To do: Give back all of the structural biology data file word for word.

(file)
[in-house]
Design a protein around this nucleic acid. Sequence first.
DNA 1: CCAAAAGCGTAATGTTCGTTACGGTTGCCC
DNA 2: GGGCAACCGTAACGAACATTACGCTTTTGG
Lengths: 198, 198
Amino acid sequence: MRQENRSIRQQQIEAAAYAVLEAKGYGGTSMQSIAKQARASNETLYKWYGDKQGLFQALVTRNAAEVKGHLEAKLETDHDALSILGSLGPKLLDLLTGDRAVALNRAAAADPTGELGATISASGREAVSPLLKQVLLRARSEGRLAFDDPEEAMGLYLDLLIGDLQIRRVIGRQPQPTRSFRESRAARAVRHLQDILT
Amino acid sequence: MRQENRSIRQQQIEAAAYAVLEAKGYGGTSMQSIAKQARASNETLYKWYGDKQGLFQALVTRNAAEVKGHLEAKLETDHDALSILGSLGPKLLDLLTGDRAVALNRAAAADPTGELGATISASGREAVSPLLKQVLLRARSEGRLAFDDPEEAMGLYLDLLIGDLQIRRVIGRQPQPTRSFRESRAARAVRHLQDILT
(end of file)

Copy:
[in-house]
Design a protein around this nucleic acid. Sequence first.
DNA 1: CCAAAAGCGTAATGTTCGTTACGGTTGCCC
DNA 2: GGGCAACCGTAACGAACATTACGCTTTTGG
Lengths: 198, 198
Amino acid sequence: MRQENRSIRQQQIEAAAYAVLEAKGYGGTSMQSIAKQARASNETLYKWYGDKQGLFQALVTRNAAEVKGHLEAKLETDHDALSILGSLGPKLLDLLTGDRAVALNRAAAADPTGELGATISASGREAVSPLLKQVLLRARSEGRLAFDDPEEAMGLYLDLLIGDLQIRRVIGRQPQPTRSFRESRAARAVRHLQDILT
Amino acid sequence: MRQENRSIRQQQIEAAAYAVLEAKGYGGTSMQSIAKQARASNETLYKWYGDKQGLFQALVTRNAAEVKGHLEAKLETDHDALSILGSLGPKLLDLLTGDRAVALNRAAAADPTGELGATISASGREAVSPLLKQVLLRARSEGRLAFDDPEEAMGLYLDLLIGDLQIRRVIGRQPQPTRSFRESRAARAVRHLQDILT